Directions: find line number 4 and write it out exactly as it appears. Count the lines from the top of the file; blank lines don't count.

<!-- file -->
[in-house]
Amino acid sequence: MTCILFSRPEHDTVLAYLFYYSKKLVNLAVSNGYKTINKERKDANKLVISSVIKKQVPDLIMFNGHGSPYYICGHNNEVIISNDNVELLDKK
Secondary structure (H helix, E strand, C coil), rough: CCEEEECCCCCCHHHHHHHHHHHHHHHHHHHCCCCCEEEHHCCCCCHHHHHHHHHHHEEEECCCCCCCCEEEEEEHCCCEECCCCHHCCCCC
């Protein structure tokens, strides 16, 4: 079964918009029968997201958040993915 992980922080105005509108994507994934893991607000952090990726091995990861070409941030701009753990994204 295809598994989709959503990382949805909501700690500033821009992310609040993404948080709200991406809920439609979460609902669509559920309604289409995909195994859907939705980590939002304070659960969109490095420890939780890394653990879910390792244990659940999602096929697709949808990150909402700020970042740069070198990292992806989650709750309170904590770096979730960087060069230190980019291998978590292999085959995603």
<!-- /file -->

């Protein structure tokens, strides 16, 4: 079964918009029968997201958040993915 992980922080105005509108994507994934893991607000952090990726091995990861070409941030701009753990994204 295809598994989709959503990382949805909501700690500033821009992310609040993404948080709200991406809920439609979460609902669509559920309604289409995909195994859907939705980590939002304070659960969109490095420890939780890394653990879910390792244990659940999602096929697709949808990150909402700020970042740069070198990292992806989650709750309170904590770096979730960087060069230190980019291998978590292999085959995603």